So in the evening God used to cause a great quantity of a bird called a quail, something like a partridge, to cover the camp, which the Israelites caught; and in the morning a white-looking small thing, as small as hoar frost, covered the ground when the dew had left it. This food was more wonderful than the regular coming of large flights of quails. The people had never seen anything like it, and they cried out-Man hu? what is this? from which some think it got the name manna ; though others suppose it means a portion, as there was a Hebrew word like it with this meaning. Every one who was able was to gather this food before the sun had risen, or it would be melted; and when it was put into one heap, it was divided among the people, allowing an omer, which was about three quarts, for each person's use for the day. This was put into a mortar and bruised, or ground in a mill, and then made into bread. God caused this to fall six days in the week ; but on the sixth day, they were to gather for two days, as they were not to expect any on the Sabbath ; for on that day they were to do no manner of work; and though it bred worms, and was unfit to eat, if kept for two days at any other time, yet it was always good on the Sabbath.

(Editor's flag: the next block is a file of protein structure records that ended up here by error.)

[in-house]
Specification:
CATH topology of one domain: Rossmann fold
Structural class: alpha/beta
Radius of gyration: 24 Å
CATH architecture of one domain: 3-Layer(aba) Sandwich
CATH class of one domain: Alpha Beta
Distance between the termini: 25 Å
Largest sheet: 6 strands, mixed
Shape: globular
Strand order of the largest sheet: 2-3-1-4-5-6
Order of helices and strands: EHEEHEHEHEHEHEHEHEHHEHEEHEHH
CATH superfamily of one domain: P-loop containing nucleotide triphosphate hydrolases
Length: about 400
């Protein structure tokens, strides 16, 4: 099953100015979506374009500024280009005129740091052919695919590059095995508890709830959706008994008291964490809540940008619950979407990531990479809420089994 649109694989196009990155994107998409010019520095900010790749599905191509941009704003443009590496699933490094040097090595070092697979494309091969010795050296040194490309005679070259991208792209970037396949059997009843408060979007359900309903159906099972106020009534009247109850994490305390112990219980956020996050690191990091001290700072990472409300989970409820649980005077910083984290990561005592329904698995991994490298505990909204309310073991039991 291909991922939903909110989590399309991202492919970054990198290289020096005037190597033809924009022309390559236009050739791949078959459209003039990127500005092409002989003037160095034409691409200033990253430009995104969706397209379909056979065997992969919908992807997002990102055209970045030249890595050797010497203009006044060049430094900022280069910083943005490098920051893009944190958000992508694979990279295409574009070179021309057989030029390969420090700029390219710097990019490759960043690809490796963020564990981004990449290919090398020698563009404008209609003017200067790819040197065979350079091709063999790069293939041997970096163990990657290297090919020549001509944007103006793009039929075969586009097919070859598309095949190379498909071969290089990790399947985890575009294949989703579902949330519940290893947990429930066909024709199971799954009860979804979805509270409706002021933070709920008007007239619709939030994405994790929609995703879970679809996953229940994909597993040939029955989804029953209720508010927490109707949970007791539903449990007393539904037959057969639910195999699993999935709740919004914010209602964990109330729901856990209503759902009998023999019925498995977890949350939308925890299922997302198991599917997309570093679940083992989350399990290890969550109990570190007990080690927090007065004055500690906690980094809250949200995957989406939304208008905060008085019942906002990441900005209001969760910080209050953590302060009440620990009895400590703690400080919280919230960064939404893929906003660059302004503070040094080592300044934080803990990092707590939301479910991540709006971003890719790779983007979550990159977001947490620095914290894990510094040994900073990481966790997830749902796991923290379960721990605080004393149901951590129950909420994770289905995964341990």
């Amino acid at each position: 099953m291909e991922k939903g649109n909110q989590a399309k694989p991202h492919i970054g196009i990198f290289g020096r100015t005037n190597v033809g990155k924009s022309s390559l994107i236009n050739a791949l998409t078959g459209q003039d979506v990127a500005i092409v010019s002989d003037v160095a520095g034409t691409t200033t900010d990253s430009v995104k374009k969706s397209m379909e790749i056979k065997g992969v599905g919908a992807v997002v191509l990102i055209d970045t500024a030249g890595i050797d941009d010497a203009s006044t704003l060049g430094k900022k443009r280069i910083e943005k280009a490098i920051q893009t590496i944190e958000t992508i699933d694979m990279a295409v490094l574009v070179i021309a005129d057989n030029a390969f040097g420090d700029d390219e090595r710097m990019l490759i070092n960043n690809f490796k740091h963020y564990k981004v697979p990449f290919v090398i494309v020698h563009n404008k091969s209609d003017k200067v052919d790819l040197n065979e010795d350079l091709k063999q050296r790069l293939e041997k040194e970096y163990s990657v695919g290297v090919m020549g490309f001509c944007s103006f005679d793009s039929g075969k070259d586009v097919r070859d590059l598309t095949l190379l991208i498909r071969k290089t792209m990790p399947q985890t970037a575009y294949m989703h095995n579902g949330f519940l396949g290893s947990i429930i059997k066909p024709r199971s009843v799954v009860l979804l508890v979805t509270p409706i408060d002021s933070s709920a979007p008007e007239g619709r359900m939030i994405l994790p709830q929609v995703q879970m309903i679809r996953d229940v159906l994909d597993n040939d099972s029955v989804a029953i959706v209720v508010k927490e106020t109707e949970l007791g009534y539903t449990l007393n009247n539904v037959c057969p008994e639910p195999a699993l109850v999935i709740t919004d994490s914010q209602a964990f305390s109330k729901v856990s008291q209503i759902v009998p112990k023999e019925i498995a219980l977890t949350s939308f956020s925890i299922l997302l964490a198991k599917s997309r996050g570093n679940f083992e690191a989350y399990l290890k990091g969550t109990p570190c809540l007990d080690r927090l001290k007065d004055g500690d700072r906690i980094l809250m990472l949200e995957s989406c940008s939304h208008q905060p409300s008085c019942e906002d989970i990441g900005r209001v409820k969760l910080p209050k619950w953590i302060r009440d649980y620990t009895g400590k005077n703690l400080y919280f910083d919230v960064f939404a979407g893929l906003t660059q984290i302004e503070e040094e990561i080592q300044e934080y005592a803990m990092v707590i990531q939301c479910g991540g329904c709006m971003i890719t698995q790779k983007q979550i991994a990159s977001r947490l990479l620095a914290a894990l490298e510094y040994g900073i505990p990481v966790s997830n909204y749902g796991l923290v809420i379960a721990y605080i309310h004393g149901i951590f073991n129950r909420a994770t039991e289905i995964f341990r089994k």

It is reckoned that the Hebrew camp wanted not less than ninety-four thousand four hundred and sixty-six bushels of this food every day; and that in the whole of the forty years that they were travelling about in the wilderness, they must have consumed one thousand three hundred and seventy million two hundred and three thousand six hundred bushels !
In remembrance of this miracle, the Lord commanded Moses to fill an omer measure of it, which I just told you was about three quarts, and to keep it in a pot for future generations ; that is, the children and children's children of Israel, from one hundred years to another,—that they might see the bread with which God fed them in the wilderness when he brought them forth out of the land of Egypt. This was laid up in the ark; and its preservation was another miracle, as, without that, it would have bred worms, and become corrupt as the rest when kept.